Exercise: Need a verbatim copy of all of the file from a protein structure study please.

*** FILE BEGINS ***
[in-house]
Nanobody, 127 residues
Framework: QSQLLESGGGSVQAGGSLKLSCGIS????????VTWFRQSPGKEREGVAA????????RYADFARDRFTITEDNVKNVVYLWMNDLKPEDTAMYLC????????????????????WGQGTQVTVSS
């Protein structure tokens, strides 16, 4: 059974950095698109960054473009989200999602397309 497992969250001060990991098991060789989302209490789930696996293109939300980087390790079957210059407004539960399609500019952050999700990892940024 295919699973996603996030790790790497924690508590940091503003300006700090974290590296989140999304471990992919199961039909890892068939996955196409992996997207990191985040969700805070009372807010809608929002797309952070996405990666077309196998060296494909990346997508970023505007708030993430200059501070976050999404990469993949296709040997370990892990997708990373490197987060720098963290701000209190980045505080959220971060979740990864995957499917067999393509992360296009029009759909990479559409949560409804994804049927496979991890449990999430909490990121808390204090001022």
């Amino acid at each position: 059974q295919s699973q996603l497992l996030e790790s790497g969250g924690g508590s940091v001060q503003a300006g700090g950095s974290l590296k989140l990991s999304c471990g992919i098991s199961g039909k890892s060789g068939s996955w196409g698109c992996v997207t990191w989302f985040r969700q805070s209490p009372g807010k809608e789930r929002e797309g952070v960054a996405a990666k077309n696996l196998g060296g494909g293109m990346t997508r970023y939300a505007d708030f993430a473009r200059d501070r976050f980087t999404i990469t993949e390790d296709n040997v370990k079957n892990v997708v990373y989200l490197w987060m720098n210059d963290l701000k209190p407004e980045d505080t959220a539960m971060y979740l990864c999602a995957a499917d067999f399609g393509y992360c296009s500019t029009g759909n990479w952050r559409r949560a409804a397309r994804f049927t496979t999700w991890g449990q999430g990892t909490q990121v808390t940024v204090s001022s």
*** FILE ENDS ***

[in-house]
Nanobody, 127 residues
Framework: QSQLLESGGGSVQAGGSLKLSCGIS????????VTWFRQSPGKEREGVAA????????RYADFARDRFTITEDNVKNVVYLWMNDLKPEDTAMYLC????????????????????WGQGTQVTVSS
């Protein structure tokens, strides 16, 4: 059974950095698109960054473009989200999602397309 497992969250001060990991098991060789989302209490789930696996293109939300980087390790079957210059407004539960399609500019952050999700990892940024 295919699973996603996030790790790497924690508590940091503003300006700090974290590296989140999304471990992919199961039909890892068939996955196409992996997207990191985040969700805070009372807010809608929002797309952070996405990666077309196998060296494909990346997508970023505007708030993430200059501070976050999404990469993949296709040997370990892990997708990373490197987060720098963290701000209190980045505080959220971060979740990864995957499917067999393509992360296009029009759909990479559409949560409804994804049927496979991890449990999430909490990121808390204090001022």
């Amino acid at each position: 059974q295919s699973q996603l497992l996030e790790s790497g969250g924690g508590s940091v001060q503003a300006g700090g950095s974290l590296k989140l990991s999304c471990g992919i098991s199961g039909k890892s060789g068939s996955w196409g698109c992996v997207t990191w989302f985040r969700q805070s209490p009372g807010k809608e789930r929002e797309g952070v960054a996405a990666k077309n696996l196998g060296g494909g293109m990346t997508r970023y939300a505007d708030f993430a473009r200059d501070r976050f980087t999404i990469t993949e390790d296709n040997v370990k079957n892990v997708v990373y989200l490197w987060m720098n210059d963290l701000k209190p407004e980045d505080t959220a539960m971060y979740l990864c999602a995957a499917d067999f399609g393509y992360c296009s500019t029009g759909n990479w952050r559409r949560a409804a397309r994804f049927t496979t999700w991890g449990q999430g990892t909490q990121v808390t940024v204090s001022s």